Primary health care is the entry point for all uncomplicated cases; it is the gatekeepers who closely monitor the population and identify those who need specialized care versus those who need to be cared for until they transition to the secondary care setting. Primary healthcare providers are strongly subscribed and would benefit from any support to facilitate documentation, decision support, risk identification, patient follow-up, etc. We realized that there was a need to create effective mechanisms to reduce the documentation burden of primary care physicians – to achieve this, Oracle Cerner Quick Visits was used. A specific quick visit is designed for each antenatal visit based on the different stages (weeks) of pregnancy, including standard documentation and visit-specific orders. This has reduced documentation and cognitive load on our physicians, standardized our care practices, and allowed for more interaction time between patients and providers.

Prior to the implementation of this program, although we had an unobtrusive and standard mode of documentation, uptake and risk review were low, and physicians practiced free-text documentation in their notes, which was not traceable and could not be linked to clinical decision support. There was no categorization of patients according to their pregnancy risk profile. We also needed smart tools to support standardization of clinical practice for all prenatal visits and implement our evidence-based escalation protocol when needed. The approach used to deliver this program was based on an identification and reporting framework, which encapsulates the various elements used in the design of this project.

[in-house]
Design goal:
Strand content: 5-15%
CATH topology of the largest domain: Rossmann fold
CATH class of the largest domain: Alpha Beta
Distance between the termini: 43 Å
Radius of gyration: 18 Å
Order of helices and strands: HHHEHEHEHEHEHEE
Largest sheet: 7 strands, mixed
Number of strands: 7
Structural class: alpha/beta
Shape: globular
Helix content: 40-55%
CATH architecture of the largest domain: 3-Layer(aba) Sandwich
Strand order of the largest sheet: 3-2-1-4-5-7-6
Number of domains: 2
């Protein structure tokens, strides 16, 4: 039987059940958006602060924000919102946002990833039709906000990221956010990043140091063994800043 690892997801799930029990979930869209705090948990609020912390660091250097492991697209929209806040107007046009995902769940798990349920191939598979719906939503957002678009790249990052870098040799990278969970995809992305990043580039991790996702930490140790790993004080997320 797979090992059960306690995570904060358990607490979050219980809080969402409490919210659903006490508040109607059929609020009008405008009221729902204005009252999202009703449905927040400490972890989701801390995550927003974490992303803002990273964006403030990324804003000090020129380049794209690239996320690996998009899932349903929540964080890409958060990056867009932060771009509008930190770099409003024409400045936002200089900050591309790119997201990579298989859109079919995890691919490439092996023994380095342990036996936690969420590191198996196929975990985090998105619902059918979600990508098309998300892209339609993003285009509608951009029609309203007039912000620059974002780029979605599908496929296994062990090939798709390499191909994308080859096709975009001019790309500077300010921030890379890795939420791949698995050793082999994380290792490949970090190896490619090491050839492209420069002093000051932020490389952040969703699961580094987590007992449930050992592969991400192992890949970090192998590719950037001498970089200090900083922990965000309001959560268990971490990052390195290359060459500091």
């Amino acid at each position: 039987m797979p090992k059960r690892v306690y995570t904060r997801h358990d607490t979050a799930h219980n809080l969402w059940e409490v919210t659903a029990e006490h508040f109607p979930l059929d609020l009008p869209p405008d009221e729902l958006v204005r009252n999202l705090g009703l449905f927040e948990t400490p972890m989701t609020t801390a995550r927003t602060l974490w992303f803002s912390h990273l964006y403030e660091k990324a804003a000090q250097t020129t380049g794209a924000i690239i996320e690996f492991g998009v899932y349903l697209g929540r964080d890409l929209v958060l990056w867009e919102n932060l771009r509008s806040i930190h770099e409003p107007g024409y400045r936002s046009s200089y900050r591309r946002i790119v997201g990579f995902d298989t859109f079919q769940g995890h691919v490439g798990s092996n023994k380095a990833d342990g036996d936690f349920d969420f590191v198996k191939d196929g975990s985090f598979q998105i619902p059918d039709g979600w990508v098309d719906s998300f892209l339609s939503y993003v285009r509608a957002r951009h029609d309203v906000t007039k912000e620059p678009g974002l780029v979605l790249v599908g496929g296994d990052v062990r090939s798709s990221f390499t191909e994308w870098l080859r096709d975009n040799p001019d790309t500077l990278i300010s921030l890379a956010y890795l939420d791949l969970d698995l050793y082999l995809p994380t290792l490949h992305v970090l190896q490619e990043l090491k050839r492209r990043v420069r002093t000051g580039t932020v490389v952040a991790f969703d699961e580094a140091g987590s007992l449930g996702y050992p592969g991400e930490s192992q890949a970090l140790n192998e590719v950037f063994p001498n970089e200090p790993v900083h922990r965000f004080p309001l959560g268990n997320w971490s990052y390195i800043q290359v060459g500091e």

We used our Oracle Cerner EHR as the platform to implement this program, which was designed after a thorough analysis of the patient’s prenatal journey and EHS protocols. It has the following main design elements:

  • Adherence to the practice: A rule has been created in the EHR that makes it mandatory to review the risk factor form at each patient’s prenatal visit. This ensures that the patient’s risk is assessed at each visit, that their category has not changed since the previous visit, and that they are still eligible to receive the appropriate management and care based on their risk profile.
  • Compliance Management – ​​Command Sets: To ensure the standardized practice of patient care, trimester-specific multi-phase order sets – including lab tests, medications, abnormality scans, etc. – have been introduced.
  • Minimum data sets: Documentation of discrete data is a fundamental requirement for creating data-driven workflows and measuring process/clinical outcomes. Creating value-driven data collection for patients and minimizing physician burnout is key to defining a minimum data set. Working with subject matter experts, we have created minimum data sets for physician and nurse documentation, defining the mandatory data elements that must be collected for each visit. This will create a rich trove of data, which can generate evidence, analyze patterns, and guide research, leading to future improvements/improvements in patient care.
  • Patient education: Trimester-specific prenatal educational content with guided documentation was implemented for prenatal nurses. This is a critical step to ensure that all patients are educated on the topics according to the defined policy for patient education, and the process is standardized across EHS.